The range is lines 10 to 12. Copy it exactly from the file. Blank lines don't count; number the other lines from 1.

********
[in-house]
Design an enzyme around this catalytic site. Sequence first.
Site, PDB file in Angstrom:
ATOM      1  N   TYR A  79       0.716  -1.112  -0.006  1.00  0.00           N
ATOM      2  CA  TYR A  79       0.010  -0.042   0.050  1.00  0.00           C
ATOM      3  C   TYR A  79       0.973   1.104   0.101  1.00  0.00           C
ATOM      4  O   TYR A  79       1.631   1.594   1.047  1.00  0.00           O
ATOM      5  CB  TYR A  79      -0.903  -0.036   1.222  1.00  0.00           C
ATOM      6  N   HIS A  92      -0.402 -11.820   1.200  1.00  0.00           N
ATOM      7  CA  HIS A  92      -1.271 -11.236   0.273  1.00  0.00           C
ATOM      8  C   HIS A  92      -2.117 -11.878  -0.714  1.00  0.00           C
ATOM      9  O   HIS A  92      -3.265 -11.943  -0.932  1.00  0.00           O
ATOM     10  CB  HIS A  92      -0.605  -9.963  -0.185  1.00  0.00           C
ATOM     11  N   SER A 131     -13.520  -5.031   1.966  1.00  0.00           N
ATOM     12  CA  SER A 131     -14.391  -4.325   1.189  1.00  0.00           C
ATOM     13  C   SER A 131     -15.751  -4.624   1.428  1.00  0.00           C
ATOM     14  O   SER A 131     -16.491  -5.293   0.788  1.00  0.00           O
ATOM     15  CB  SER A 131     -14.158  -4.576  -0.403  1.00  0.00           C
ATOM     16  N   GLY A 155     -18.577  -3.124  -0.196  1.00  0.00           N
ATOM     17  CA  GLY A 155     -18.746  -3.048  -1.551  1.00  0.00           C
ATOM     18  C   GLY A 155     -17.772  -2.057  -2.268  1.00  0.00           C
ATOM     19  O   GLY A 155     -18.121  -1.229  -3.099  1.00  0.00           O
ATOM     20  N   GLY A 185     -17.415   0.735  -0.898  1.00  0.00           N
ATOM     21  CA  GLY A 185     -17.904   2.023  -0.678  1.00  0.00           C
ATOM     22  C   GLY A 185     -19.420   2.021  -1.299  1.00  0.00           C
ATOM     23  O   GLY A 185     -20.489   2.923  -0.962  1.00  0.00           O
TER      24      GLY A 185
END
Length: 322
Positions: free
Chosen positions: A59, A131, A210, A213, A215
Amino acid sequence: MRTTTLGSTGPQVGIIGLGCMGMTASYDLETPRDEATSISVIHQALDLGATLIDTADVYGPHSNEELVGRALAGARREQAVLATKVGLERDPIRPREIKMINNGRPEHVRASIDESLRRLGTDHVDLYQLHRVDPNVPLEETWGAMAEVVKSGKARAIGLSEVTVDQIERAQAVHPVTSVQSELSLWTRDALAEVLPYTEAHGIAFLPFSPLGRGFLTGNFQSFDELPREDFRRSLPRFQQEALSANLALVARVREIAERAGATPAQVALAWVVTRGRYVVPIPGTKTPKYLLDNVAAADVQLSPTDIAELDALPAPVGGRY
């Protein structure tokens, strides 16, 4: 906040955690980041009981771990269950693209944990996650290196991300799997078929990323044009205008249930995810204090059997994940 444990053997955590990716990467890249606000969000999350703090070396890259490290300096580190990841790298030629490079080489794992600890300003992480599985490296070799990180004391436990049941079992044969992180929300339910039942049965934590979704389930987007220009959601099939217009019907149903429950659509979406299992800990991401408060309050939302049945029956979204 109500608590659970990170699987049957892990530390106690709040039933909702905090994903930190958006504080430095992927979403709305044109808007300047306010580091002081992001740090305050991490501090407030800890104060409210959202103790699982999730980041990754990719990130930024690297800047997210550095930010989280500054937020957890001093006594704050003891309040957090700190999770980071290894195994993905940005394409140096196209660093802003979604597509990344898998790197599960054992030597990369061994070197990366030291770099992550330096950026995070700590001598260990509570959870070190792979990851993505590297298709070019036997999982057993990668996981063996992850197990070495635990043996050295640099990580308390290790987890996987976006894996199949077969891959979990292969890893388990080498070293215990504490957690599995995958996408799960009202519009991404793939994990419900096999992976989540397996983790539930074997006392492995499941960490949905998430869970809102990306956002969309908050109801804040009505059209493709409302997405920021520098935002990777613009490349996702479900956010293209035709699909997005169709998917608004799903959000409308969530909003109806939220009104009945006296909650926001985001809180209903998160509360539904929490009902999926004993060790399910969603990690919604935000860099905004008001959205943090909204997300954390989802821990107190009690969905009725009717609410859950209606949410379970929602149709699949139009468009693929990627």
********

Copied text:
ATOM      7  CA  HIS A  92      -1.271 -11.236   0.273  1.00  0.00           C
ATOM      8  C   HIS A  92      -2.117 -11.878  -0.714  1.00  0.00           C
ATOM      9  O   HIS A  92      -3.265 -11.943  -0.932  1.00  0.00           O